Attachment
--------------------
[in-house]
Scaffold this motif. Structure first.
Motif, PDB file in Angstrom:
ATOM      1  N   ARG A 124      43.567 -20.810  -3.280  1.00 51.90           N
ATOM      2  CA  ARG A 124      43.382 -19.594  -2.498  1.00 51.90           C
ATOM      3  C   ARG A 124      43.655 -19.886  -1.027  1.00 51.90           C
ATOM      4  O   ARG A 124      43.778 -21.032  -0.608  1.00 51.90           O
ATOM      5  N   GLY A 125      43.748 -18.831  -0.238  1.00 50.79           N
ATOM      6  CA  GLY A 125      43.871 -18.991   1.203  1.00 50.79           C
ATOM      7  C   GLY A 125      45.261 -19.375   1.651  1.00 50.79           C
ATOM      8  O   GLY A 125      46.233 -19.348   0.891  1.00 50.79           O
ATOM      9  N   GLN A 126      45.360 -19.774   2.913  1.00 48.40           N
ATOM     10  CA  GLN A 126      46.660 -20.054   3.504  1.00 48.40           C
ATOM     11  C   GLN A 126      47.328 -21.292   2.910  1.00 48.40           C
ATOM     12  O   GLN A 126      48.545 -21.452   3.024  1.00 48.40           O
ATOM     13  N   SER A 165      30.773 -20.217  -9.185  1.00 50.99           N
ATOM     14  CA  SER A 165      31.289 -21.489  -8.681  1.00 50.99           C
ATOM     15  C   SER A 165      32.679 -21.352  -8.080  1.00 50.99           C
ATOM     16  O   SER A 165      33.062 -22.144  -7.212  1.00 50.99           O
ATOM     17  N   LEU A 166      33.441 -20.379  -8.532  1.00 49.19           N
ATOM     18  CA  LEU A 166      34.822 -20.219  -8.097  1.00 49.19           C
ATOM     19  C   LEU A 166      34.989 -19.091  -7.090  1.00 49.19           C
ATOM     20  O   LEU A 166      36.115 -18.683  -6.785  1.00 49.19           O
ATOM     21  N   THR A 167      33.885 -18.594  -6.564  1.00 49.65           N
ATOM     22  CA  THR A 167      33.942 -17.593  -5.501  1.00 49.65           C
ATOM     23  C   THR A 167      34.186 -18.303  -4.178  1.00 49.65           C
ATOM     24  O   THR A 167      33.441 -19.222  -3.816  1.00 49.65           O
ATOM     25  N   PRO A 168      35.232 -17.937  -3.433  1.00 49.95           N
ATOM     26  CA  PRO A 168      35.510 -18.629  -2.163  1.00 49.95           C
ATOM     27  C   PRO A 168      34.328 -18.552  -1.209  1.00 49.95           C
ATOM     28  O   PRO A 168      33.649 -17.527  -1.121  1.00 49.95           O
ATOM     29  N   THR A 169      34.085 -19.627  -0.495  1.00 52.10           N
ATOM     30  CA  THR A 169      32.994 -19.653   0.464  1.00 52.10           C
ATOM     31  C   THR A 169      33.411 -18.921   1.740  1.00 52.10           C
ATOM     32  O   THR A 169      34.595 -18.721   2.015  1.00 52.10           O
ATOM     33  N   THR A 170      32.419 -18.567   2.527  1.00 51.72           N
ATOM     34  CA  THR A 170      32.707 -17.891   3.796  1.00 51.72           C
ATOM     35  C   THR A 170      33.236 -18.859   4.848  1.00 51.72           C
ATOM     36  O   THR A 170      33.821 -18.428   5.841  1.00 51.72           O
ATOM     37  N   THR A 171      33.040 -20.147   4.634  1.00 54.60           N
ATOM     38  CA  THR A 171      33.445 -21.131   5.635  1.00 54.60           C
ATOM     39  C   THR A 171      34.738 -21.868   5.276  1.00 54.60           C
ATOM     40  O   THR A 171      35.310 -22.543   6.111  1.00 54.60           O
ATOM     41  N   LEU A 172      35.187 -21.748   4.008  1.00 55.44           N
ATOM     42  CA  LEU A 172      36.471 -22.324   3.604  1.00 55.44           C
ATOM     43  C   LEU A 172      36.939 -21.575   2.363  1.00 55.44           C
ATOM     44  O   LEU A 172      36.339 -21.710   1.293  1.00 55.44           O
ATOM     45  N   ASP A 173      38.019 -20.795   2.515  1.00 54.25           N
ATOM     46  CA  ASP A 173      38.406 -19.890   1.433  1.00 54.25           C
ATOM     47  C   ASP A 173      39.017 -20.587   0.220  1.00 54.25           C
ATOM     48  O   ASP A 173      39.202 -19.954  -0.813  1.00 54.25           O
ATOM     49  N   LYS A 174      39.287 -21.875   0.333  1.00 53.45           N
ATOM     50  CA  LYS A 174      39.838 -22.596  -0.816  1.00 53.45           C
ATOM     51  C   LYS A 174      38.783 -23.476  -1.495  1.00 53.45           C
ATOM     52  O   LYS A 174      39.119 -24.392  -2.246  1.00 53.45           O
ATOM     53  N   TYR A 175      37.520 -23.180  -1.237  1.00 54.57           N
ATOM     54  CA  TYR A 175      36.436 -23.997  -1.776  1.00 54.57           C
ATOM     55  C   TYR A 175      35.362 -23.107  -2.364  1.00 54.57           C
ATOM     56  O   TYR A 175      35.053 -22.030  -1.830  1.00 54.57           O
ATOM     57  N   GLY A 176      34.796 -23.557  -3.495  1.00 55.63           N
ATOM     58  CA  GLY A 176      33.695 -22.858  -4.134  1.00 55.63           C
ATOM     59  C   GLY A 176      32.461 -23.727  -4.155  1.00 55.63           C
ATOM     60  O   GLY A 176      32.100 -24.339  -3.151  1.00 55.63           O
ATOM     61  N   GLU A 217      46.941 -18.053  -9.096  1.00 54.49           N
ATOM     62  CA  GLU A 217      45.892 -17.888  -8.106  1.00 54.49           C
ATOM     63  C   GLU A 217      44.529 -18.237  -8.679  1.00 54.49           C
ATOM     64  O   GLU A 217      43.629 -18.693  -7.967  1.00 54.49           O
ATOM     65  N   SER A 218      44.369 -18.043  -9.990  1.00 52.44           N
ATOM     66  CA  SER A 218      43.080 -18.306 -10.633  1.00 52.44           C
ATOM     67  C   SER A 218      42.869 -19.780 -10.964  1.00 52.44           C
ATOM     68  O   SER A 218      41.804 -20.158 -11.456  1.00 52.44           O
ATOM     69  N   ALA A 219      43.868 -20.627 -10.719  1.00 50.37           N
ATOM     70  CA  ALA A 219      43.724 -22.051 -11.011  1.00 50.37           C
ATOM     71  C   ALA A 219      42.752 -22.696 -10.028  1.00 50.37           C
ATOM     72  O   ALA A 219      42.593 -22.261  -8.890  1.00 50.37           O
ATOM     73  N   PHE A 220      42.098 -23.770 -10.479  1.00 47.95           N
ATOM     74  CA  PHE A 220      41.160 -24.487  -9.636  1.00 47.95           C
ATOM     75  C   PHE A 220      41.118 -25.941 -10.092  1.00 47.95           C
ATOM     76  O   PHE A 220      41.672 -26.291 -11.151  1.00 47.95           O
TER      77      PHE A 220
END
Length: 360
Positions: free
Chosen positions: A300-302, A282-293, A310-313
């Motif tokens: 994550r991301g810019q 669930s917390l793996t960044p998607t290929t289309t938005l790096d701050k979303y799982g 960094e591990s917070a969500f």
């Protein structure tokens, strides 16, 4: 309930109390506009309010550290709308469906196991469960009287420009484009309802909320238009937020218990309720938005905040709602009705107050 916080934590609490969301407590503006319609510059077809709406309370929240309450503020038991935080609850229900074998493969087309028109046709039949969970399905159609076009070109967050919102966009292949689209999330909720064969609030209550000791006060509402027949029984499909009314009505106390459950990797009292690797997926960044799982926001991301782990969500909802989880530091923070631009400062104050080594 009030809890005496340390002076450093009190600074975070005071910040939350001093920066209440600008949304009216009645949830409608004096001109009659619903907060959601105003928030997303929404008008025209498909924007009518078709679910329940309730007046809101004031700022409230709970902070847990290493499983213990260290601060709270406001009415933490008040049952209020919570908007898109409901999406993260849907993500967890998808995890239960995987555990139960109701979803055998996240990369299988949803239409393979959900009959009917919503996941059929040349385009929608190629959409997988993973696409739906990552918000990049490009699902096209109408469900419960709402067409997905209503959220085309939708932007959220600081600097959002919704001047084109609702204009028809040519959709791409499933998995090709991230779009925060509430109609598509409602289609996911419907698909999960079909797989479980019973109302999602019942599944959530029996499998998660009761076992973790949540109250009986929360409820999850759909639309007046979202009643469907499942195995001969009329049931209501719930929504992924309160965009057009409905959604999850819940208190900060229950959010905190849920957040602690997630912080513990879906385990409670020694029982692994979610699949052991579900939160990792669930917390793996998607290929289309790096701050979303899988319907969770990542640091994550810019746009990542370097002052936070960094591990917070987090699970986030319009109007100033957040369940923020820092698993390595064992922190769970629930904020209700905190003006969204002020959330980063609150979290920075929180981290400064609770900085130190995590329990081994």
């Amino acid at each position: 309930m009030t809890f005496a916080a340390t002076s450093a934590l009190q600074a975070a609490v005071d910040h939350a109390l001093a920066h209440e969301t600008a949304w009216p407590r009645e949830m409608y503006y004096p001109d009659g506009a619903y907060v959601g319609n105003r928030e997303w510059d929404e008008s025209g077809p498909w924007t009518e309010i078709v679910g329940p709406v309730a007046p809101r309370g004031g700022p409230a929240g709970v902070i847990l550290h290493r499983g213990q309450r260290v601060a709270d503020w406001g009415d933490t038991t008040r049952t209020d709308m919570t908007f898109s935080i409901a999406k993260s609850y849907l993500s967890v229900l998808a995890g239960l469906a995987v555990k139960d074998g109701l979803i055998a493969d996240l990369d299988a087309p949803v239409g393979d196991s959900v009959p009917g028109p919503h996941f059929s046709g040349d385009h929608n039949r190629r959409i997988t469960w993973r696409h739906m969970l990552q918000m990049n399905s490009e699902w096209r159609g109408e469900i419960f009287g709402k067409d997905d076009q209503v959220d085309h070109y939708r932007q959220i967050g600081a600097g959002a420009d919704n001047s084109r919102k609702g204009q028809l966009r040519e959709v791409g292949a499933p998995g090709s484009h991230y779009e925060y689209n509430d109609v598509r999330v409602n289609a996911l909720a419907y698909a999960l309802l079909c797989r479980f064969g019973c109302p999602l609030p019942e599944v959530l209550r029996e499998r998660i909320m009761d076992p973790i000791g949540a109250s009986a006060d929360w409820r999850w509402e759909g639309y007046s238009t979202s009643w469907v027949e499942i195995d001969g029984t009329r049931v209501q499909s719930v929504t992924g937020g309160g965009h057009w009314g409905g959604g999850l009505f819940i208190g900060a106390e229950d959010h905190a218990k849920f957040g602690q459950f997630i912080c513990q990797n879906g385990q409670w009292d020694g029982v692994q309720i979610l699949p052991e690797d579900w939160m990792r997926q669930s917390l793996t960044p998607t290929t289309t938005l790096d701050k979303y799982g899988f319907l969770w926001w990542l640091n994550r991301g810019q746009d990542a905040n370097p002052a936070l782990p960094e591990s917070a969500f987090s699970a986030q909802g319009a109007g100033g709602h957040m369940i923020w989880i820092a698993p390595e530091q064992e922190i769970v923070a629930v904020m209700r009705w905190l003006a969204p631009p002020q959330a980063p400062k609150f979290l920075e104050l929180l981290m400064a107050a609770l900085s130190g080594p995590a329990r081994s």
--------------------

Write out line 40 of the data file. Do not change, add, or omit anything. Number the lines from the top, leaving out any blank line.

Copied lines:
ATOM     37  N   THR A 171      33.040 -20.147   4.634  1.00 54.60           N